Race shortened as 16-year-old Lucy Garner of Motorpoint triumphs over star names in field

One of the organisers of Woman’s National Road series race the Cheshire Classic has hit out at the unknown saboteurs who sprinkled tacks on the route last Sunday, which together with a delay caused by a rider being hit by a car, led to the event being shortened by two laps.

Dave Astles, press officer for Weaver Valley Cycling Club, which organises the race, told the Northwich Guardian: “I was marshalling at the top of the lane and one of the girls came up with a flat tyre with a tack in it.

“We then sent a search party on the lane and picked up something like a cupful of these tacks and we believe they were put there on purpose.

“There were quite a few punctures - one of the service vehicles had run out of spare wheels.

He continued: “It is very understandable they could have caused an accident by the punctures, especially if you get a puncture in the front, as it becomes very unstable.

Mr Astles added: “The thing that grates everyone is we are nearly in an Olympic year.

“The Olympics is going to be held in London and quite a few of the girls are Olympic hopefuls and they are getting this sort of treatment from a minority of the public.”

The newspaper added that police had confirmed that one of the women riding in the race was injured after being hit by a car on the A49. The driver did not stop.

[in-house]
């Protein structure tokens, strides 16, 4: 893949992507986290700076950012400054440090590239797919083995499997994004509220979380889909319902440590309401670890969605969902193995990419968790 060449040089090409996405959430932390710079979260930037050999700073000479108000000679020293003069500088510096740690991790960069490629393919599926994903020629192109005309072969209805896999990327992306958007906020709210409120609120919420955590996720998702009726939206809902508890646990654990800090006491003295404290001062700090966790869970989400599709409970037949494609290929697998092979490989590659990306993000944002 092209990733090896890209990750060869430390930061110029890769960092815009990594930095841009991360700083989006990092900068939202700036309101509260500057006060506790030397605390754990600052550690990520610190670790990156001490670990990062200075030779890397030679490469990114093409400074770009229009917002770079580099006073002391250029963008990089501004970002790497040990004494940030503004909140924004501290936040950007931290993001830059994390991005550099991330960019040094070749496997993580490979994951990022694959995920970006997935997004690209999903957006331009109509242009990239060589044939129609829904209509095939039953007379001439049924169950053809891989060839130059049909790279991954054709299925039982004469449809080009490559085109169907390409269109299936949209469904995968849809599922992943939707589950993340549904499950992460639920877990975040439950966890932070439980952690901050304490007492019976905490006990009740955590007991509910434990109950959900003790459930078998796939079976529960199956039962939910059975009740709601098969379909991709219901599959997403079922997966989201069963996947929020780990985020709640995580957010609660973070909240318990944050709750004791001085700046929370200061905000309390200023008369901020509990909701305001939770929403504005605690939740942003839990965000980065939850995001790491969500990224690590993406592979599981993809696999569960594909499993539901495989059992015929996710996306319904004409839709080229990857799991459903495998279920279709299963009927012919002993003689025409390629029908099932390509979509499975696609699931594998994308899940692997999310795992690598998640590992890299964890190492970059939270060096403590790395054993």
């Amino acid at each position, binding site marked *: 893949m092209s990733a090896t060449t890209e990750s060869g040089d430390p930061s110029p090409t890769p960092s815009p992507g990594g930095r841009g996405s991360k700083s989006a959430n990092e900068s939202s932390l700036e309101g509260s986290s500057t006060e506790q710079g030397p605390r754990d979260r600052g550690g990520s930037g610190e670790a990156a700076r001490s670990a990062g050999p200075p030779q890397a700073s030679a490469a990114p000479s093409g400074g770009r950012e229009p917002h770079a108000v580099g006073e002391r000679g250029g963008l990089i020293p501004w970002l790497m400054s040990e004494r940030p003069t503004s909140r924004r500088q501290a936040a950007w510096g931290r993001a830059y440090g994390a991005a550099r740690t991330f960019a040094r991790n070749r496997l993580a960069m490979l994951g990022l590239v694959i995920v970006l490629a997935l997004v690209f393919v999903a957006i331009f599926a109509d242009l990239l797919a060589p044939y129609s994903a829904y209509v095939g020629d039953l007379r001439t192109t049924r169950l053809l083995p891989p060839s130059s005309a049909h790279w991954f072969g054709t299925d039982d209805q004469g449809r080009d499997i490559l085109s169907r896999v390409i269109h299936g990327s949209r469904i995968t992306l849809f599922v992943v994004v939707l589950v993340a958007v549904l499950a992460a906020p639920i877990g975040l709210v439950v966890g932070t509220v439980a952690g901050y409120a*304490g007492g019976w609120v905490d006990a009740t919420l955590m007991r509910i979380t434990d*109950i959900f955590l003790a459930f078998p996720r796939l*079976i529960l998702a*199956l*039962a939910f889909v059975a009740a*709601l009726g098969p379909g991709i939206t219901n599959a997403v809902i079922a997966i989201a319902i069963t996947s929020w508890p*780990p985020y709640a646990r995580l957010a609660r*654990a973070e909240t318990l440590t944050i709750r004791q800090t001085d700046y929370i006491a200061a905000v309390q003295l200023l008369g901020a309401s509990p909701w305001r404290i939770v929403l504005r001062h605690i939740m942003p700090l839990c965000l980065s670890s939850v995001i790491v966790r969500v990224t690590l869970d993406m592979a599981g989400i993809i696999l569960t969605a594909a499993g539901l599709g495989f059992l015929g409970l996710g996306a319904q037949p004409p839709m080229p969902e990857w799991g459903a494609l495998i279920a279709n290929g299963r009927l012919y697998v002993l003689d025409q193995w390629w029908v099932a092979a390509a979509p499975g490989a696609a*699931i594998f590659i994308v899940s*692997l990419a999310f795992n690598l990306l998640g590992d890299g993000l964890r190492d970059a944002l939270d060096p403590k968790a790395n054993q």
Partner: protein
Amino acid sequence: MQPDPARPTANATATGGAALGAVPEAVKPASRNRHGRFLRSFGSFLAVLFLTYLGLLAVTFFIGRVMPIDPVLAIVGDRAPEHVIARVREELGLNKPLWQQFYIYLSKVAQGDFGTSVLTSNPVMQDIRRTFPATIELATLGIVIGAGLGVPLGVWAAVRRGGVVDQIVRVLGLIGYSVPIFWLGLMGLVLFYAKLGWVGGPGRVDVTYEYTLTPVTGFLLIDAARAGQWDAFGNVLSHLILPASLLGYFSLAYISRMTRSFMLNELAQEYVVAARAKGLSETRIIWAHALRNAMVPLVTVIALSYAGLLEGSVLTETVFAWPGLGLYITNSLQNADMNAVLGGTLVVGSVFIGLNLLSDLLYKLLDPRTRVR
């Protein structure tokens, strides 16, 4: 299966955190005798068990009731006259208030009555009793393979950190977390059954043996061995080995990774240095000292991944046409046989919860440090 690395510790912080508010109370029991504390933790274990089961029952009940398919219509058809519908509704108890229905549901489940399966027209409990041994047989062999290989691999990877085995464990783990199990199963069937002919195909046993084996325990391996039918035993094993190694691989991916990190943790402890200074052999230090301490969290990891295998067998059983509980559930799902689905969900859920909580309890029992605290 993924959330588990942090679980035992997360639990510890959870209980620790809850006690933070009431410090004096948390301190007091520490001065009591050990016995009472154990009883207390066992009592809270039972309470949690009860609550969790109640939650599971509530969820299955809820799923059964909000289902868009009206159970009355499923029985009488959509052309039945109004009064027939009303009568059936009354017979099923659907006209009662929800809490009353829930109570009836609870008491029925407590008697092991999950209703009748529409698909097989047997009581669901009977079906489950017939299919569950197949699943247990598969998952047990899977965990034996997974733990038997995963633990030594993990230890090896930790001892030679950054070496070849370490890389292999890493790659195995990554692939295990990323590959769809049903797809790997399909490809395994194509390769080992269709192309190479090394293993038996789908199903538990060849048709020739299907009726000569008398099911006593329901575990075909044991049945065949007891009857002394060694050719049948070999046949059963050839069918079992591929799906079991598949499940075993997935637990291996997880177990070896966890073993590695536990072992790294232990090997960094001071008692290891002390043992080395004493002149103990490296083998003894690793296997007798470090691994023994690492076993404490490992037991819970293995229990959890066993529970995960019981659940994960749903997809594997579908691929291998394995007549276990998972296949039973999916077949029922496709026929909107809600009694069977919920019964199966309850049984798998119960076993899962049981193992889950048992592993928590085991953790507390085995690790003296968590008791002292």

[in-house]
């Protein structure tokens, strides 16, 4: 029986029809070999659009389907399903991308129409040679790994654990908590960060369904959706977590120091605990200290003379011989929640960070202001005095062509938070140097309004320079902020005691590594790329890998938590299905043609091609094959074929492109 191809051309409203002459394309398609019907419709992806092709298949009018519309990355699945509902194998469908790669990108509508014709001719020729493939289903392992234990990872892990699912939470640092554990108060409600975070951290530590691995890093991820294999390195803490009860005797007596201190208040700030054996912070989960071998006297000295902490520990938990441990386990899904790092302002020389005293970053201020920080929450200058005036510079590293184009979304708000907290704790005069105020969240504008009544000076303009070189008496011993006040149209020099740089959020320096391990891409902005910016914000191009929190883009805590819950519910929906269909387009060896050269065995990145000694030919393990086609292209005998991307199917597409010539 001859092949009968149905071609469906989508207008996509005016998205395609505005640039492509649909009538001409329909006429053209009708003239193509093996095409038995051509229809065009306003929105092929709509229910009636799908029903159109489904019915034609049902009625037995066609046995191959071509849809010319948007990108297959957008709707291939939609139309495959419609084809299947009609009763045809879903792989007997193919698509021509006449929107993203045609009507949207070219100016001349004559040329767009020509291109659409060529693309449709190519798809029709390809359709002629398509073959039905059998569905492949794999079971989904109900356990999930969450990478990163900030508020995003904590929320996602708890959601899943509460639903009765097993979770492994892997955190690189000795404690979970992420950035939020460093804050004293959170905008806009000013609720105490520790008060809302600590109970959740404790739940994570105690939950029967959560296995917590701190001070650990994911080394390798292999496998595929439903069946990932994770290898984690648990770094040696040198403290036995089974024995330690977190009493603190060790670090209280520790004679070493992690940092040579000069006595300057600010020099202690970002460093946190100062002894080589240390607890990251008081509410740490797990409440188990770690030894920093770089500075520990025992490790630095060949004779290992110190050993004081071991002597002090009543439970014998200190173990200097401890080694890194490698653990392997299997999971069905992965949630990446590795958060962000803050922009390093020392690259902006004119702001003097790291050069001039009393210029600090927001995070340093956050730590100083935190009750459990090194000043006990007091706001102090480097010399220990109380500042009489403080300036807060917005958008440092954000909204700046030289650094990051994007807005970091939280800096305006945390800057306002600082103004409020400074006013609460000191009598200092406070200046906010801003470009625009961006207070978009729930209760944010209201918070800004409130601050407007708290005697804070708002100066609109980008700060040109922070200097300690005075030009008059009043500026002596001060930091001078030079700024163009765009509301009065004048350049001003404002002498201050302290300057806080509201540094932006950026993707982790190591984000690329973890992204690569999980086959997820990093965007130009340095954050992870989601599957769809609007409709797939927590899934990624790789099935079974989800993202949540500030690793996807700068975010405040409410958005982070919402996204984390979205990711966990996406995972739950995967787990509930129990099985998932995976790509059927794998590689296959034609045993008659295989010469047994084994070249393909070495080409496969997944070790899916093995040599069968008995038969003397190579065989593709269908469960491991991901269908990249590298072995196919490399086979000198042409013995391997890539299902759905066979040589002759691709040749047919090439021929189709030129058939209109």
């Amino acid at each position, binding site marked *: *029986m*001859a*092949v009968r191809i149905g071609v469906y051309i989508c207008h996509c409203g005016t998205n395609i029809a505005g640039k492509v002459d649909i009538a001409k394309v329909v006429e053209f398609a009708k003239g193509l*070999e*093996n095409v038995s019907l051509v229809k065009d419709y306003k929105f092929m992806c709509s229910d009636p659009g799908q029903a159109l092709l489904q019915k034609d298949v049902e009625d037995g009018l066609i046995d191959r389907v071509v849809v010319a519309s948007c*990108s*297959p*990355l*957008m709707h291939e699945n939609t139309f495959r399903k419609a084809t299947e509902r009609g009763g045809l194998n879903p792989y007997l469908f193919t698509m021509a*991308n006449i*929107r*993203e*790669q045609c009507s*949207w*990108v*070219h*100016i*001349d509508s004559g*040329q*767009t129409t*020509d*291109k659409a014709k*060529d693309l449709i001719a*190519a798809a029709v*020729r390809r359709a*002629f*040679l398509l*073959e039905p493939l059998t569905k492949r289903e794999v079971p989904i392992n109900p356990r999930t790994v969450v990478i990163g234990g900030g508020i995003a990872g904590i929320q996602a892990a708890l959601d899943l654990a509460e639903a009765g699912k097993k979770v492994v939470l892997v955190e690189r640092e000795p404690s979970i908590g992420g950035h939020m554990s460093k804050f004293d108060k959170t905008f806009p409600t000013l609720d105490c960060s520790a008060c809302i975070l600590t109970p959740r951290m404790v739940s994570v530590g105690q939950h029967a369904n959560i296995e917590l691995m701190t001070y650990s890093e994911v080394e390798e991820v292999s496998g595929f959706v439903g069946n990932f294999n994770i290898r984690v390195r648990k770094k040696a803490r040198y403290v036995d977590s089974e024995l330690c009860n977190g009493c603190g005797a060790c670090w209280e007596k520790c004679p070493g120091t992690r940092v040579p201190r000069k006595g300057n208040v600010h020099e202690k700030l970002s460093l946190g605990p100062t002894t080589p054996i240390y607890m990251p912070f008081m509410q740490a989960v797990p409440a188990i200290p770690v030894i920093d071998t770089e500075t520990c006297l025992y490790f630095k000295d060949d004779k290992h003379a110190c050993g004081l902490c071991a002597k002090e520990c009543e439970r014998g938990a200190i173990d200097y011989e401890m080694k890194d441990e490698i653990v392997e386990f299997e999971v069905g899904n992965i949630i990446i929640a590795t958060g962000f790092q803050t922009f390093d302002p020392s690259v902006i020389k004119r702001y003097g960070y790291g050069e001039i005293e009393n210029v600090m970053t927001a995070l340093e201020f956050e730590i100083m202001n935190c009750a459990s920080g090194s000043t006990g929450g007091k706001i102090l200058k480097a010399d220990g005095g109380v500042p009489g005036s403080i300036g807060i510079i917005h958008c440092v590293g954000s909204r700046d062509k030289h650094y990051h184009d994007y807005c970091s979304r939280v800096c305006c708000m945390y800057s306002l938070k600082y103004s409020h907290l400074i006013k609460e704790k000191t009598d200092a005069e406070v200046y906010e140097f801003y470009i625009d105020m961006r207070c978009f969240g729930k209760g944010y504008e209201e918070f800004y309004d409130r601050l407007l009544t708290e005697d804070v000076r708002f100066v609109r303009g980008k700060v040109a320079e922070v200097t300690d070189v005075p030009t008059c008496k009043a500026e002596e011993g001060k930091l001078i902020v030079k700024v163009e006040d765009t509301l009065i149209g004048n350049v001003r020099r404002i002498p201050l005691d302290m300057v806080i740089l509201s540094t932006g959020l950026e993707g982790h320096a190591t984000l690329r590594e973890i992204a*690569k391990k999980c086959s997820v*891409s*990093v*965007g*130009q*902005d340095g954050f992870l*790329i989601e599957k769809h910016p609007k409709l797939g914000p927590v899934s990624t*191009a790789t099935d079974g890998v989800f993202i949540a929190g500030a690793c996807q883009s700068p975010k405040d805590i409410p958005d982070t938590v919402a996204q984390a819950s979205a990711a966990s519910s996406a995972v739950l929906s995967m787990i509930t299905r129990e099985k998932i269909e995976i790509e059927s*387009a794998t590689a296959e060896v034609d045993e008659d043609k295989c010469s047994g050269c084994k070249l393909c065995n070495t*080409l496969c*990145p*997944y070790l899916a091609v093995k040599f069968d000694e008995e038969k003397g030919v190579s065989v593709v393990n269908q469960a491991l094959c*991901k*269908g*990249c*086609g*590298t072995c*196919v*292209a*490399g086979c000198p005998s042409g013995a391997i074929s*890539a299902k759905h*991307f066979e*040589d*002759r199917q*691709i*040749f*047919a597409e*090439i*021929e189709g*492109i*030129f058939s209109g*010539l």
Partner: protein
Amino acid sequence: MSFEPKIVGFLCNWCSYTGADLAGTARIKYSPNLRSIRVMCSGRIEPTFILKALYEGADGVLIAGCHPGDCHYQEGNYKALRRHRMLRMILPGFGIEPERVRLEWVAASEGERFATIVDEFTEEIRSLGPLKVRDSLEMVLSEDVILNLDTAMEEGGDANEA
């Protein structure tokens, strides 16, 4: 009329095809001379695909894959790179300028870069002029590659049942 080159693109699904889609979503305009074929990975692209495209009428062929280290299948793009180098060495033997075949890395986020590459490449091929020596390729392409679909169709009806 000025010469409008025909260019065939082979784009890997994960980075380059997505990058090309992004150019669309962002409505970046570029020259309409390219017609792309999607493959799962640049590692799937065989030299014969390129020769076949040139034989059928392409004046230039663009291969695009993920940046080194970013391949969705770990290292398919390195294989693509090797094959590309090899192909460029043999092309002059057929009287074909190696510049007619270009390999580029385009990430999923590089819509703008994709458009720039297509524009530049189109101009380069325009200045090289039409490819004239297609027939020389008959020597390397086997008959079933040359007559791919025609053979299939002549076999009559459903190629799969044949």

Lucy Garner of Motorpoint, aged just 16, won the race in a bunch sprint contested by the leading group, in a race that featured experienced, big-name riders such as Olympic individual pursuit champion Rebecca Romero and multiple Paralympic champion Sarah Storey.

Born in Scotland, Simon moved to London aged seven and now lives in the Oxfordshire Cotswolds with his miniature schnauzer, Elodie. He fell in love with cycling one Saturday morning in 1994 while living in Italy when Milan-San Remo went past his front door. A daily cycle commuter in London back before riding to work started to boom, he's been news editor at road.cc since 2009. Handily for work, he speaks French and Italian. He doesn't get to ride his Colnago as often as he'd like, and freely admits he's much more adept at cooking than fettling with bikes.